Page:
If You Live Near Salt Lake City, Kanab, or Escalante…

Please come to an Open House…about Cows????

One of the few ungrazed areas in Grand Staircase-Escalante National Monument.

One of the few ungrazed areas in Grand Staircase-Escalante National Monument.

How and where will cattle graze in the 1.8 million-acre Grand Staircase-Escalante National Monument during the coming decades?  It’s in part up to you. Though the Monument has existed for almost 20 years and is 96.4% open to cattle grazing, there has never been a grazing plan. But nowa first-ever grazing plan is in the works, and your  input is needed to help decide what cattle will be allowed to do in this special desert Monument in the coming decades.

If you live near Salt Lake City, Kanab, or Escalante, Boulder, Teasdale, Torrey, or Loa, please consider coming to one of three December open houses to talk with Grand Staircase managers (BLM) about the range of alternatives that are on the table for the upcoming grazing plan Environmental Impact Statement (EIS).

OPEN HOUSES

Dec. 2    Salt Lake City
Utah State Capitol Building, 350 North State Street, 5pm-8pm
Dec. 3    Kanab
Kane County Search and Rescue Facility (located beside the airport on South Highway 89A), 5pm-8pm
Dec. 4    Escalante 
Interagency Visitor Center, 755 West Main Street, 5pm-8pm

The BLM needs your PARTICIPATION and ENCOURAGEMENT.
The MONUMENT needs YOUR SUPPORT.

One grazing alternative (probably “Alternative C”) will be a conservation alternative.

At the open house, please tell the BLM:

  1. YES—analyze all 5 grazing alternatives.
  2. YES—finish the Draft EIS in 2015. Without a grazing plan for 20 years, the     Monument is like a busy intersection without traffic lights for decades– it’s just not working well at all.

Here’s how the three open houses fit into the grazing planning schedule:

Dec. 1 
BLM posts on their website 5 alternatives that might be analyzed in the EIS for a Monument cattle grazing plan.

Dec. 2-4 Public open houses in Salt Lake City, Kanab, and Escalante.

Dec. 8 
Grand Canyon Trust posts a summary chart comparing the 5 alternatives with information to help you craft your comments.

Jan. 19, 2015
Deadline for emailing your comments to the Monument about the range of 5 grazing alternatives.

Headcut, Hole-in-the-Rock Road: One reason the Monument needs a livestock plan.

Headcut, Hole-in-the-Rock Road: One reason the Monument needs a livestock plan.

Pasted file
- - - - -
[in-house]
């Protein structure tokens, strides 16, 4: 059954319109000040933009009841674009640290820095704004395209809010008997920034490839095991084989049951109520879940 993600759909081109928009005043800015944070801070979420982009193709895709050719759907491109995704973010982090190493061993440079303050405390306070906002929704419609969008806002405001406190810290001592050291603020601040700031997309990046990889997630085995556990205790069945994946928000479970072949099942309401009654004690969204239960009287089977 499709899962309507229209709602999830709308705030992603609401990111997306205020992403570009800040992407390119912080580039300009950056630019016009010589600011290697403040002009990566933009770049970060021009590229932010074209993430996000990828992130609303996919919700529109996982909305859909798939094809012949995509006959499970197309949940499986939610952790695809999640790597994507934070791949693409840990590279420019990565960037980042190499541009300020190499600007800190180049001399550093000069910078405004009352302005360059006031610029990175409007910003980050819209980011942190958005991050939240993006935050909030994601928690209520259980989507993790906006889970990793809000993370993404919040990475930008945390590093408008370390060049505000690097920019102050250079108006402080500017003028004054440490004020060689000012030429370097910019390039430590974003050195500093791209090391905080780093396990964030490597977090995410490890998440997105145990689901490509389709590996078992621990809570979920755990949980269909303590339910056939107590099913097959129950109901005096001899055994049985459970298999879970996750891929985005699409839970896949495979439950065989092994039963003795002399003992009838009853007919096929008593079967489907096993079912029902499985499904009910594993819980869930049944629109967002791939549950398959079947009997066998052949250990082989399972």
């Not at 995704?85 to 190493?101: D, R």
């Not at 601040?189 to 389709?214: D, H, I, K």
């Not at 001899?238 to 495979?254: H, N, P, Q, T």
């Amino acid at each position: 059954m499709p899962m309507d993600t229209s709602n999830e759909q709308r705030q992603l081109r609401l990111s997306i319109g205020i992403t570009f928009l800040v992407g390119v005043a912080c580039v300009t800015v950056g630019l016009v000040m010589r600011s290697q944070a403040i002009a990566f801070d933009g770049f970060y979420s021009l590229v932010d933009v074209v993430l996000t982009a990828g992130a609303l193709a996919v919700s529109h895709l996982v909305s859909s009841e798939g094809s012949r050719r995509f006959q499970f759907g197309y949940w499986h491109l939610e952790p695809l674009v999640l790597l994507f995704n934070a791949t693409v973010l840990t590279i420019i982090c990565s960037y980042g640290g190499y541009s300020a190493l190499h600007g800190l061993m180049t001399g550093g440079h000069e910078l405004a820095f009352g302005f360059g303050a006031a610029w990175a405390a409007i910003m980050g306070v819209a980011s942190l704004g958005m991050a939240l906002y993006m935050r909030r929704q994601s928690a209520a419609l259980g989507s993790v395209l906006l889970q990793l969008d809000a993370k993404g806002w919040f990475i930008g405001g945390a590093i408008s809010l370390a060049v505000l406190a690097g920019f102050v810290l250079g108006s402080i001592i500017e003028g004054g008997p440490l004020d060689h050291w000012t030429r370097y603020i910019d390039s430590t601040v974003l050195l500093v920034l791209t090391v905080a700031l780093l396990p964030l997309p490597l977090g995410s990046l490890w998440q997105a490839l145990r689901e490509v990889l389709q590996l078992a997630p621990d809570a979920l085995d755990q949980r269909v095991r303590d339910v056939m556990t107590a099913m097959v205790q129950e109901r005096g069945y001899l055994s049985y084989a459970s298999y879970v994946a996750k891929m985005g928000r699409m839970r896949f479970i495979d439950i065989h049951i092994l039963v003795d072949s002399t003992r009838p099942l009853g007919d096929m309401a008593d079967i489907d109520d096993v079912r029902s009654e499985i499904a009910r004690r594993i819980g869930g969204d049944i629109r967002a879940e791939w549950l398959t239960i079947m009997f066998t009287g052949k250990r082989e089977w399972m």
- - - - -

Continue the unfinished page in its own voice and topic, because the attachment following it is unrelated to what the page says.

Late 2015  
The Monument will release a Draft EIS that will analyze the environmental impacts of a selected range of cattle management alternatives. At that point your input will again be needed. Why? There is a lot of local resistance to making any changes at all to the current unsustainable levels of annual grazing.

Your comments are critical! All Monument species thank you for speaking out.

Questions? Contact maryobrien10@gmail.com

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Posted in Grazing Reform, Plateau-wide Issues, Utah Issues | Comments Off

Can Art Fight Global Warming?

A special guest post by painter and illustrator Chloe Hedden.
Betty Jane. Oil on Museum Wrap Canvas. 2013. 30x30 inches

Betty Jane. Oil on Museum Wrap Canvas. 2013. 30×30 inches.

November 20-28, 2014 the Grand Canyon Trust presents an online art auction featuring 17 original oil paintings by accomplished painter and illustrator Chloe Hedden, with half the proceeds to benefit the Trust’s work to protect southeastern Utah from oil and tar sands drilling.

As I see the heart-breaking effects of climate change beginning to unfold all around me, I feel a great urgency to contribute in some way to making a change.  Beyond my vote, I don’t have much to add to the legal and political fight against global warming.  But, what I do have as an artist is my body of work. So, in the spirit of each of us giving our best, I decided to make my paintings available for this online auction and donate half of the profits to the fight against strip mining and burning Utah’s oil shale and tar sands—the world’s largest deposits of these dirty fuels.  I hope you will help make this gesture of mine a meaningful one by purchasing a painting or by following my example and discovering your own best way to join the cause.  Thank you!

The artist at work.About the Artist—I was born and raised in Utah’s wild red desert, but have had the great fortune to call many amazing places around the world my home. A graduate of the Rhode Island School of Design, I paint large oils and illustrate children’s books. My first children’s book, The Illuminated Desert, with words by Terry Tempest Williams, won The Mountains and Plains Booksellers Award for Best Children’s Book of 2008. My oil paintings are shown at Walker Fine Art in Denver, Colorado.  My work is featured in numerous public and private collections.

View the paintings: http://www.32auctions.com/chloe-notarsands

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Posted in Climate Change, Energy, Utah Issues | Comments Off

“Will this make us sick?” Radon Emissions & the Uranium Industry

A special guest post by Frankie Beesley, Citizen Advocacy Volunteer Coordinator, AmeriCorps
Monument Valley

En route to White Mesa.

The drive from Flagstaff to White Mesa, Utah takes you through reservation lands–flat expanses and high mesas, yellow cottonwood leaves peeking through the canyons—snaking through Monument Valley and redrock formations. Trust Energy Program director Anne Mariah Tapp and I took in the scenery when we hit the road late last month to attend a community meeting. The subject? The Environmental Protection Agency’s (EPA) proposed revisions to the National Emissions Standards for radon emissions from operating uranium mills – a regulation that applies to the White Mesa Uranium Mill, the only operating conventional uranium mill in the United States.  The EPA has proposed a revision that significantly weakens the existing standards and threatens public and environmental health across southeast Utah and communities in the region.  Of these, the small White Mesa community of the Ute Mountain Ute tribe is closest–only three miles from the White Mesa Mill.

We entered the gym at the White Mesa Community Center on the Ute Mountain Ute Reservation not knowing exactly what to expect. How many people would come? Did we get the word out in time? Would members of the tribal council show up? In a community where subsistence hunting is common and the mill is one of the only employers, would we be welcome?